The warehouse workers must not notice anything
‘During the day we always have to walk quietly and speak softly, the people in the warehouse mustn’t hear us.’, Anne wrote in her diary (Anne Frank, B-Version, 11 July, 1942). They could, for example, not flush the toilet too often, because the water discharge from the Secret Annex ran along the storeroom. The sound might arouse suspicion.
Out of all the warehouse staff, only Johan Voskuijl was aware of the presence of the people in hiding. He was the warehouse manager as well as the father of Bep, who worked in the office and was one of the helpers. Johan was important to them because he could keep an eye on the other warehouse workers to see if they noticed anything. This went well until Johan fell ill in 1943 and was replaced by Willem van Maaren.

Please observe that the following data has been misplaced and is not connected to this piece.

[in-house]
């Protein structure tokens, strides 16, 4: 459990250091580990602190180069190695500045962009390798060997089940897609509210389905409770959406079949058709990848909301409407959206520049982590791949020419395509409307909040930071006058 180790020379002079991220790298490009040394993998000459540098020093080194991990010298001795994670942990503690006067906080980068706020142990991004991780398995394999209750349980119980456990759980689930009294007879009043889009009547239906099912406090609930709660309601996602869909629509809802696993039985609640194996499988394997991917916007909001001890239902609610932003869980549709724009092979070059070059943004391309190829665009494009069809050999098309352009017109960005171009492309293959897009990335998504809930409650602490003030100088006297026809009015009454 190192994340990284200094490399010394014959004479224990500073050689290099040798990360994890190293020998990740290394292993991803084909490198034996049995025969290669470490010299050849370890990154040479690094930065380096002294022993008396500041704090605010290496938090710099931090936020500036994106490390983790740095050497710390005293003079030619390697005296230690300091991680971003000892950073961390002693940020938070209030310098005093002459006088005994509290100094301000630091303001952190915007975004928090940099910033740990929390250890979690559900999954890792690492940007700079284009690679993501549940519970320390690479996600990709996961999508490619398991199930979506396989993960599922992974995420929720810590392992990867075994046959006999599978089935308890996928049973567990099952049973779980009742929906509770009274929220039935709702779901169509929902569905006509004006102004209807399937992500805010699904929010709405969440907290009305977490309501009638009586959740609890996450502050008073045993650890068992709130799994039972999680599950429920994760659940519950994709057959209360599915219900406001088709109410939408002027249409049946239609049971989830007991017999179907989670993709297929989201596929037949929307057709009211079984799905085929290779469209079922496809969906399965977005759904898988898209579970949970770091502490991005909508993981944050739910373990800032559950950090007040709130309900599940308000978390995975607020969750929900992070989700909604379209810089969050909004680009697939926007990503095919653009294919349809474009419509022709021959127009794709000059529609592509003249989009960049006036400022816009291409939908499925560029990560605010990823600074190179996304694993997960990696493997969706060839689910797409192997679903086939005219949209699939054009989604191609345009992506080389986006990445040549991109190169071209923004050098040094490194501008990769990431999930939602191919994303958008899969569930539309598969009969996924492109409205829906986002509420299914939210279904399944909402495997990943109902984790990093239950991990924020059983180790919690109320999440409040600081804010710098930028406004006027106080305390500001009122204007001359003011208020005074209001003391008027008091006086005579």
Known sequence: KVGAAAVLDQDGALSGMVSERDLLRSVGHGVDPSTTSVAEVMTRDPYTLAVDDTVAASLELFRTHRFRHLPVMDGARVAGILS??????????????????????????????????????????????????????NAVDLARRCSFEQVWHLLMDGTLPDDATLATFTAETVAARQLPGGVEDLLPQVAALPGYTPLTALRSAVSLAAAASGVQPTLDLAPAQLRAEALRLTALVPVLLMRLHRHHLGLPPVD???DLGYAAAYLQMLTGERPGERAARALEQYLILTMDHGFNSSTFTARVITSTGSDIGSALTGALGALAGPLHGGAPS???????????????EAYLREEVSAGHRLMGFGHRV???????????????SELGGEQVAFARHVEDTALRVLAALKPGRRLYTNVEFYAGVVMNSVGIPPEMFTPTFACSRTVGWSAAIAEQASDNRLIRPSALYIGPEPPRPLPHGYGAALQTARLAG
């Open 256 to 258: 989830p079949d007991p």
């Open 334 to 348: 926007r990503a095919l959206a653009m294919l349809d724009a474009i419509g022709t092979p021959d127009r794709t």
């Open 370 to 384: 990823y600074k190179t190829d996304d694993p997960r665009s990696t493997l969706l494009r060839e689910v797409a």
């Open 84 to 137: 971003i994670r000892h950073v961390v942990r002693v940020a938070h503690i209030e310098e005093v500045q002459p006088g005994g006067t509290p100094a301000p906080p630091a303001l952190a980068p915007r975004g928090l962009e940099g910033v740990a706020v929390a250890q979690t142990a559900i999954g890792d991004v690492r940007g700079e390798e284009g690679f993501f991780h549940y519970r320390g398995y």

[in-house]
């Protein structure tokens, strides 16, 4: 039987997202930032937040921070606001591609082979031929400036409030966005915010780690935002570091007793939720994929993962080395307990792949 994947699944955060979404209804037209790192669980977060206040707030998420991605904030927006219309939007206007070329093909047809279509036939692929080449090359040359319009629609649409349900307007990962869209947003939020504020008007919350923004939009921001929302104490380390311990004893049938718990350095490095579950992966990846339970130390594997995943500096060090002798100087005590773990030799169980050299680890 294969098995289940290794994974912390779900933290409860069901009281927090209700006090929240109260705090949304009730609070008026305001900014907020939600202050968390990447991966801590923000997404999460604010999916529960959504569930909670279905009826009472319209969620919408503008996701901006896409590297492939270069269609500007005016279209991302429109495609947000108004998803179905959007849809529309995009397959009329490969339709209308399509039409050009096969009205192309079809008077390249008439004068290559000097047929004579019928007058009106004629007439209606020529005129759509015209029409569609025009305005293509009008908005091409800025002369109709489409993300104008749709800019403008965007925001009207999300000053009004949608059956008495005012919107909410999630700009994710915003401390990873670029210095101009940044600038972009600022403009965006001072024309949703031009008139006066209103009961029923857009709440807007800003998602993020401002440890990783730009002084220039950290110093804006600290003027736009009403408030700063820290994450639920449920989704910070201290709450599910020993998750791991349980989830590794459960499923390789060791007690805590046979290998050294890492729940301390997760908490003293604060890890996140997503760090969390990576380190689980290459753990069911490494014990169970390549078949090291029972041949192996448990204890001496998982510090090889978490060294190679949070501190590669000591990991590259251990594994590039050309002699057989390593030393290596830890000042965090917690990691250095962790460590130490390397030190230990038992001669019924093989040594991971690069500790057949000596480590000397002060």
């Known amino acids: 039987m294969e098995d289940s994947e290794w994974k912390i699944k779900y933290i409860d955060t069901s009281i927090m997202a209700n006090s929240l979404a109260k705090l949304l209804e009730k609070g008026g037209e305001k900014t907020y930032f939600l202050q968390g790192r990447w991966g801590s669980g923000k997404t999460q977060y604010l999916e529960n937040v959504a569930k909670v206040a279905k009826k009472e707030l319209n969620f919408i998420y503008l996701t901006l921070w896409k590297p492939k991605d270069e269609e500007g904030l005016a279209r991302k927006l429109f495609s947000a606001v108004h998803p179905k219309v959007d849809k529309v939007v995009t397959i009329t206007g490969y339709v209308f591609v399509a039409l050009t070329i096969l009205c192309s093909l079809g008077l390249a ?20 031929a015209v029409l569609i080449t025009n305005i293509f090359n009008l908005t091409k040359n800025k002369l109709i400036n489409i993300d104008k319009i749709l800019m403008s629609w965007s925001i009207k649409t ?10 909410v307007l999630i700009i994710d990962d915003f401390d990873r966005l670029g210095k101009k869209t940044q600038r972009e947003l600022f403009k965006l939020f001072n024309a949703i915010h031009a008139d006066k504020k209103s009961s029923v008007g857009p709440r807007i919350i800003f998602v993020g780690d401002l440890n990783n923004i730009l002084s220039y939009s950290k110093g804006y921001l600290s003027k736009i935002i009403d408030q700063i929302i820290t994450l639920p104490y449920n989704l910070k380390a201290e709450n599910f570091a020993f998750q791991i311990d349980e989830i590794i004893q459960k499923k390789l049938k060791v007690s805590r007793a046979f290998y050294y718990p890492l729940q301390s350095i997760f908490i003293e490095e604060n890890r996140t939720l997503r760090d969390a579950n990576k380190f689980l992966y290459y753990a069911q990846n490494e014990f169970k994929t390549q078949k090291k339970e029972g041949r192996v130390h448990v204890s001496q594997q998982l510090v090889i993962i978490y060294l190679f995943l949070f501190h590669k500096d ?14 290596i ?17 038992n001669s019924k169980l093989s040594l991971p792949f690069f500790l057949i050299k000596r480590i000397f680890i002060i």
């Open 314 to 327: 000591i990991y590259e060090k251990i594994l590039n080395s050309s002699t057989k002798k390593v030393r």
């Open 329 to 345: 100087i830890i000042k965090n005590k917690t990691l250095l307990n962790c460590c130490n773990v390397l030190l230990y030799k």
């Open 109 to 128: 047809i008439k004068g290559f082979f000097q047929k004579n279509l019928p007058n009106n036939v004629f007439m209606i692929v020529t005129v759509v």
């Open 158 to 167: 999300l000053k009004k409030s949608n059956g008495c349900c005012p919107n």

That was a major setback, because Van Maaren was curious, and he noticed that people had been in the building after closing time. The helpers and people in hiding did not trust him. Victor Kugler believed he placed small pieces of wood and other items in the warehouse, in such a way that in the morning he could see if anyone had been there.
Immediately after the war, Willem van Maaren was the only suspect in the investigation into the raid of the Secret Annex by the Sicherheitsdienst. He vehemently denied any involvement and said that Victor Kugler had known about the pieces of wood and other things. Evidence of his involvement was never found.